Pink doesn’t have to be for girls and blue for boys – and there are a whole host of kids’ clothing brands working to flatten this tradition. Here are five of our favourites (that also happen to be ethical)
When a new baby comes along, a girl will inevitably receive pink frilly dresses and ballet slippers while you’re inundated with tractor and animal prints for boys. Nothing wrong with either, necessarily, but if you like the idea of a more gender neutral wardrobe for your offspring, here are some brands to try…
Polarn O. Pyret
Polarn O. Pyret, meaning ‘Buddy and the Little One’ in Swedish, came into existence in 1976 Sweden – at a time of liberation and equality. To make life easier for working mums and dads, they began to make easy-care cotton clothes for children. Their signature stripes have survived the test of time and are still bestsellers today, and many of the garments are organic.
They say: “Children look very much alike when they’re small. That’s why we always make clothes for children, not for ‘girls’ or ‘boys’. Unisex colours and patterns for all children – who wears what colour is up to you!”
The Bright Company is a British sleepwear and essentials brand for children 0–9 years. Characterised by bright colours and strong graphic prints, the unisex designs can be passed on to little brothers, sisters, cousins or friends. The Slim Jyms pyjamas (above right) are carefully designed to be slim fitting so that they don’t ‘ride up’ at night leaving little ones with cold patches. While the Monty Sleepsuit (above left) avoids the baggy excessive fabric so common in sleepsuit designs today, making the first tentative first crawls and steps much easier.
Founder Alienor Falconer says: “I’m always so happy to visit our factory and see the lovely ladies (and one man!) who make our beautiful products. It’s reassuring that it doesn’t have to cost the earth to make products here in the UK.”
Little green Radicals started life in 2005 with a passion for fair trade and a quirky sense of humour. While doing one of the many cold, wet market days selling organic and Fairtrade t-shirts, the founder, Nick, came up with some humourous slogans for kids t-shirts including ‘Stop the Wailing’ and ‘Wind Farm’. And that’s where it all began.
They say: “Not long after our launch we were in a select group of brands to be first in the UK to get Fairtrade certification for cotton. And, of course, we were and always have been organic too. Our farmers, cased in India, get a guaranteed price for their cotton, and they don’t use nasty pesticides. The factories we work with look after their employees, who get fair wages, maternity leave, and many of the other buying valium online things you would expect from decent factories.”
Creative director Kimberley Tybee Golding-Tomter creates beautiful and eclectic children’s clothes by upcycling existing adult clothing. From her Hackney-based studio, she turns recycled jumpers into kids’ cardis, woollen dungarees (with pom poms) – and only natural fibres such as wool and cashmere are used. The entire collection is handmade in Hackney, London.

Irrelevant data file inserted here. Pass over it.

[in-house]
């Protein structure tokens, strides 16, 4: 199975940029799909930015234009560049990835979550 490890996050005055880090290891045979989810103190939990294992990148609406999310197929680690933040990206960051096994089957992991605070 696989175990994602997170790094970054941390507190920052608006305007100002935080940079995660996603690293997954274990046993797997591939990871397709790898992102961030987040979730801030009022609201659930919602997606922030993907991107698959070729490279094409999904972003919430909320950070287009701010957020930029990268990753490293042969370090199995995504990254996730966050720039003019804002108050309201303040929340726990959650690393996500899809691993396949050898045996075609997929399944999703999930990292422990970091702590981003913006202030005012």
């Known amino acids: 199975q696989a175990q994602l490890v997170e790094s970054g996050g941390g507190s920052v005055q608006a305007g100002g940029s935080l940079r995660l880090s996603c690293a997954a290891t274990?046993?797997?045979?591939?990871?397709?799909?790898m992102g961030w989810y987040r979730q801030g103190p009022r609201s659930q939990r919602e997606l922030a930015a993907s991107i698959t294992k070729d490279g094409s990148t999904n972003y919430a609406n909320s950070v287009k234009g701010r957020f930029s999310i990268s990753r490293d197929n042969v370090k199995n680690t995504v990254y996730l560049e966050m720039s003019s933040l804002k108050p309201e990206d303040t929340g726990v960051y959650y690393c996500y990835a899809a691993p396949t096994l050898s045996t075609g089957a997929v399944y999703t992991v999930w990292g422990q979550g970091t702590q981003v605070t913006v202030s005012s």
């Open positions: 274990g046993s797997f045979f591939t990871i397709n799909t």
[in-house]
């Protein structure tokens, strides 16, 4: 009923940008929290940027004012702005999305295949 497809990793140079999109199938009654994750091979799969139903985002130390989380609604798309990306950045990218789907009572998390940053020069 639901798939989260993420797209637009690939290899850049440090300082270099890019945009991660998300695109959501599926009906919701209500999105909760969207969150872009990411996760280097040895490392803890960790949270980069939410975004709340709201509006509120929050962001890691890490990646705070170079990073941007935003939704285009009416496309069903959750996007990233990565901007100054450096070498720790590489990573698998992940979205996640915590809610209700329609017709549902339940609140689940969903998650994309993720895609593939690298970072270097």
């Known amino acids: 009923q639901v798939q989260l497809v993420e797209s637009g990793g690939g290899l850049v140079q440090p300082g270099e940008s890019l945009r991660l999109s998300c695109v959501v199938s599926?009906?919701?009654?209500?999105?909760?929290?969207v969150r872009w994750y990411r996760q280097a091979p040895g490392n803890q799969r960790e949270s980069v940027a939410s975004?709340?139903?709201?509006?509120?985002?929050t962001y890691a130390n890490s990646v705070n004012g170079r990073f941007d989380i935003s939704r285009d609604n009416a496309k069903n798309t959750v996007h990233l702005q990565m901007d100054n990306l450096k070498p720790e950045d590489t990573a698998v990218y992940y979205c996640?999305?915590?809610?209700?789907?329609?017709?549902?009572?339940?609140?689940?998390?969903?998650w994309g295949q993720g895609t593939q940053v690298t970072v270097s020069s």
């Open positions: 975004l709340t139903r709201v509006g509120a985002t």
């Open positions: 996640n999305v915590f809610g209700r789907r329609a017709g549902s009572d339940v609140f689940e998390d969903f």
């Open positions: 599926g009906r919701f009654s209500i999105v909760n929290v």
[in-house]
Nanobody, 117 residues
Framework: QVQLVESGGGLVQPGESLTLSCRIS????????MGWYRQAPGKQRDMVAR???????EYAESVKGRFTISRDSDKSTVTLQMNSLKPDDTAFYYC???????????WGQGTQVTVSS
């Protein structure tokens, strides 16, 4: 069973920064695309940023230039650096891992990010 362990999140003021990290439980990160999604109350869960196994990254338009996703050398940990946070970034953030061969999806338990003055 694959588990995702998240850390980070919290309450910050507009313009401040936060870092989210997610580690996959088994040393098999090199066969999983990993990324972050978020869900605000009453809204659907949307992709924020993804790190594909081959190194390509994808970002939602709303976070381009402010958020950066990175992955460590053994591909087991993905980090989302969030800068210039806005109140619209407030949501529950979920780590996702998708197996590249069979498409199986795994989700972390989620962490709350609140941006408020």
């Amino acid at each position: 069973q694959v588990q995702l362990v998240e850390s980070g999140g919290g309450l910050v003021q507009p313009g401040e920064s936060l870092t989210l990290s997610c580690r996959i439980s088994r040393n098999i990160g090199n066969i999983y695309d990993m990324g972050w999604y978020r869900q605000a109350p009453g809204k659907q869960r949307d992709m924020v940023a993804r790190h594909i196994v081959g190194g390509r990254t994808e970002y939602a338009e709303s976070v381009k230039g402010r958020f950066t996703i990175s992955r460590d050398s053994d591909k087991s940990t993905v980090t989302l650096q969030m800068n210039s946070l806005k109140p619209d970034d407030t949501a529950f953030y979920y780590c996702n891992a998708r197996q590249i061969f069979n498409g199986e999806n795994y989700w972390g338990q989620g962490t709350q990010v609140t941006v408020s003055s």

She says: “I started making clothes for Odin when I was pregnant and used what materials I had so made things that were naturally unisex. I just carried on when I launched Mini Magpie as there didn’t need to be any reason why something was for a boy or a girl. I have been asked where the boys’ stuff is or if I think something “would be ok for a boy’ and I always say yes! As my boys (Odin, six and Perseus, three) have got older I’ve encouraged them to wear all the colours, to enjoy dressing up and to be different characters, both male and female and also non-gendered.
Tootsa MacGinty was launched four years ago by former womenswear designer Kate Pietrasik, who found a depressingly limited collection of pink or overly sexualised ‘little adult’ clothes when shopping for her baby daughter. Discovering that other parents wanted colourful, quality and age appropriate clothing for kids to comfortably wear all day whilst playing, running and getting messy, she set out to create an alternative.
She says: “I wanted to produce something directional, stylish and exciting which reflected a child’s imagination. Children like colour, they have big imaginations, they enjoy pretending, they love to dream and for them the world is full of possibilities. I don’t intend to limit their imaginations or make their world smaller by putting them in a sea of pinks and blues, or clothes that look like they were meant for adults.”
tinycottons was founded in 2012 in Barcelona. After presenting their first collection a year later, they quickly became well known in the kids’ fashion world as a brand with unique designs and outstanding quality.
“As a creative team, we wish to be as imaginative as our kids and have their unique, bold and not so serious attitude. As a clothing brand we want to create a good, long lasting product and at the same time, be your kids’ favorite.”
Do you know of any other great unisex brands? Let us know below, as we’re always on the look out…